As school violence in America continues to grow rapidly in both scope and intensity, school personnel struggle to find effective means for preventing and controlling such behavior, and for replacing it with constructive alternative actions. This book comprehensively presents, in user?friendly detail, the primary techniques currently available for such purposes, including psychological skills training, behavior modification, psychodynamic and humanistic interventions, and gang?oriented strategies. Recognizing school violence as a systems problem, the book t only addresses techniques for altering the individual student's behavior, but also ways to work with peers, school personnel, and family members. This book will be a valuable resource for school psychologists and social workers, counselors, teachers, administrators, security personnel, parents, and anyone else confronting school?related violence. Also useful in graduate?level courses focusing on the psychology of violence and aggressive behavior and the development and implementation of school and community safety programs.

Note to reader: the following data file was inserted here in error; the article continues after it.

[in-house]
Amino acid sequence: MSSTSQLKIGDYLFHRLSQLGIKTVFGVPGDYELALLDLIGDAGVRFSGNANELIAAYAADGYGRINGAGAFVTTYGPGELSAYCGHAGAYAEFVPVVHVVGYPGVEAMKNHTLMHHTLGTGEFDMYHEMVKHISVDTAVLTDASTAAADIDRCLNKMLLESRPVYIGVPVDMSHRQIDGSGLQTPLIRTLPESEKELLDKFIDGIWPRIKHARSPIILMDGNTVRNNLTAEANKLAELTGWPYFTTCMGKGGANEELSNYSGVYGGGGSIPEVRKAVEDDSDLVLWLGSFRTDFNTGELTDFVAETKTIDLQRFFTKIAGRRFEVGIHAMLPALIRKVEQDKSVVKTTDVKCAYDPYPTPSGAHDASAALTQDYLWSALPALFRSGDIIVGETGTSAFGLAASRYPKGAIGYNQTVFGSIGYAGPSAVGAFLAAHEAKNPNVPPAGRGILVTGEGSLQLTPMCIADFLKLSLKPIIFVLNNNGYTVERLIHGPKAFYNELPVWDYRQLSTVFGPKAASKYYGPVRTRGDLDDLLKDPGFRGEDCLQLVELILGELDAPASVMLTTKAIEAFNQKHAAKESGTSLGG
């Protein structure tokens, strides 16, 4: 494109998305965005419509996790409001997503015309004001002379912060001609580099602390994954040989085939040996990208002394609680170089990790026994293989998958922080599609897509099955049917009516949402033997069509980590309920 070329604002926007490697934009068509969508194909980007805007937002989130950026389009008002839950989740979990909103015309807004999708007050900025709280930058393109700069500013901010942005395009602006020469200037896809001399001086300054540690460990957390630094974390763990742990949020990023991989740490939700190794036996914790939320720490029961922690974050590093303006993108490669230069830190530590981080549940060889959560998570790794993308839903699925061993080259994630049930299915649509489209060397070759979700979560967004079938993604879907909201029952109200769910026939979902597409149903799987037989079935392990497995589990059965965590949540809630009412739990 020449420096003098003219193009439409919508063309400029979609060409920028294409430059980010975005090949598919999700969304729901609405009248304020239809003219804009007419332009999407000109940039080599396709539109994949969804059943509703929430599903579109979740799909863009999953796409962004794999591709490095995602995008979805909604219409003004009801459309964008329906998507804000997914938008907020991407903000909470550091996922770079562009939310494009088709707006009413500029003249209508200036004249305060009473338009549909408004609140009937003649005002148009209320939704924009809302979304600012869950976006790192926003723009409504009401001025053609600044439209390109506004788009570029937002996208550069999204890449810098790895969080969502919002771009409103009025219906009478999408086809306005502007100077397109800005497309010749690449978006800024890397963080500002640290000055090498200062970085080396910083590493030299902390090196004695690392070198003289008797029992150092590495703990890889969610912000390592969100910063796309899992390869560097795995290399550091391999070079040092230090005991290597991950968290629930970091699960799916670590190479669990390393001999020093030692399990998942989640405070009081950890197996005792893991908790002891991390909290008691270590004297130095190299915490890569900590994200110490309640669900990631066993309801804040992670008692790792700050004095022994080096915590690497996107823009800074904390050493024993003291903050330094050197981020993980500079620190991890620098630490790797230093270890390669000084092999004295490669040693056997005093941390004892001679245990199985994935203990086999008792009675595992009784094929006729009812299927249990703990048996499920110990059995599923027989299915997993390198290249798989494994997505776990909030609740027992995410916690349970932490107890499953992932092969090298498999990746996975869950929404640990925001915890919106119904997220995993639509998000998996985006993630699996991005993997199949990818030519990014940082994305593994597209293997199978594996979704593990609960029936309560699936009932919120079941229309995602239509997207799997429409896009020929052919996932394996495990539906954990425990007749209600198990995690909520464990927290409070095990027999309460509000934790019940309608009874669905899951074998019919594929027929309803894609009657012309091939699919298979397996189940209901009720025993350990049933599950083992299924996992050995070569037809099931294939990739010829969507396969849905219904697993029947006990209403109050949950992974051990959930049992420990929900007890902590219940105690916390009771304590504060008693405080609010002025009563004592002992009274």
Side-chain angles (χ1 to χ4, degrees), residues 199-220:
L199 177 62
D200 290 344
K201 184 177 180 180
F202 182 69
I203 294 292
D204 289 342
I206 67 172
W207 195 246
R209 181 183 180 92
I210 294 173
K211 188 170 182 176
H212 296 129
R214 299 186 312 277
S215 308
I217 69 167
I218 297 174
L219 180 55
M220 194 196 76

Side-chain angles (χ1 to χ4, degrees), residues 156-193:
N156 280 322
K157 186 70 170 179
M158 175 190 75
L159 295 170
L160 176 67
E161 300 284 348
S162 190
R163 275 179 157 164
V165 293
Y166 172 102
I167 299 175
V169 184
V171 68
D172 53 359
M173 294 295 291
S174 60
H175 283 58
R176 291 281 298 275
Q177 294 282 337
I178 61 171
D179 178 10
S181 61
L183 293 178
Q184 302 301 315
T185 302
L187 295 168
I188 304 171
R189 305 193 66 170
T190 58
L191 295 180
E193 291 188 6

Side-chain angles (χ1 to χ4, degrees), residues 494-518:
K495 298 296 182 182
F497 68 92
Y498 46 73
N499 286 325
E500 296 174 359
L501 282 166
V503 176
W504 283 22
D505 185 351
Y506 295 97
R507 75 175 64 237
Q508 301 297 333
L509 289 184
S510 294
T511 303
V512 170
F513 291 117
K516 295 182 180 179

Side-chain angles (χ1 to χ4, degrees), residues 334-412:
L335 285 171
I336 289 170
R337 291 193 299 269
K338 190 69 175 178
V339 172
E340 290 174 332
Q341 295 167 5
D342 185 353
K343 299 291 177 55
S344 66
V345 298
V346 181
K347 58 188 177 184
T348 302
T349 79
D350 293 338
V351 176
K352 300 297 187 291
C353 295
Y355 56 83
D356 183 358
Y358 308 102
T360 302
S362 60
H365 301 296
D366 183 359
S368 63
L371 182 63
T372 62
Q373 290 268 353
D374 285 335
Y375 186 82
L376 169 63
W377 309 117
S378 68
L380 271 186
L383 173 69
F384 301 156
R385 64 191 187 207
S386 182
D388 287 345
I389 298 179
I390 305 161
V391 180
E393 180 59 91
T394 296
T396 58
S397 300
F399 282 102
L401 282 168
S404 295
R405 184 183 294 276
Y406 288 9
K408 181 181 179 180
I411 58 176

Arnold P. Goldstein, Ph.D., is Professor of Special Education at Syracuse University, Director of the New York State Task Force on Juvenile Gangs, a member of the American Psychological Association Commission on Youth Violence, and a member of the Council of Representatives, International Society for Research on Aggression. He has developed three increasingly competitive approaches to prosocial skills training, skillstreaming, aggression replacement training, and the Prepare Curriculum. Reflecting his role as Director of the Syracuse University Center for Research on Aggression, much of his research and teaching have centered on helping youngsters replace antisocial, aggressive behaviors with constructive, alternative means of seeking life satisfaction and effectiveness. Berj Harootunian, Ph.D., is Professor of Teaching and Leadership at Syracuse University. His research focuses on how teachers solve problems and create successful environments for their students and themselves. His published journal articles, books, and monographs reflect these interests. Jane Close Conoley, Ph.D., is Professor and Chair of the Department of Educational Psychology at the University of Nebraska-Lincoln. Past president of the Division of School Psychology of the American Psychological Association, she is a national and international consultant to schools on the treatment of children with behavior disorders.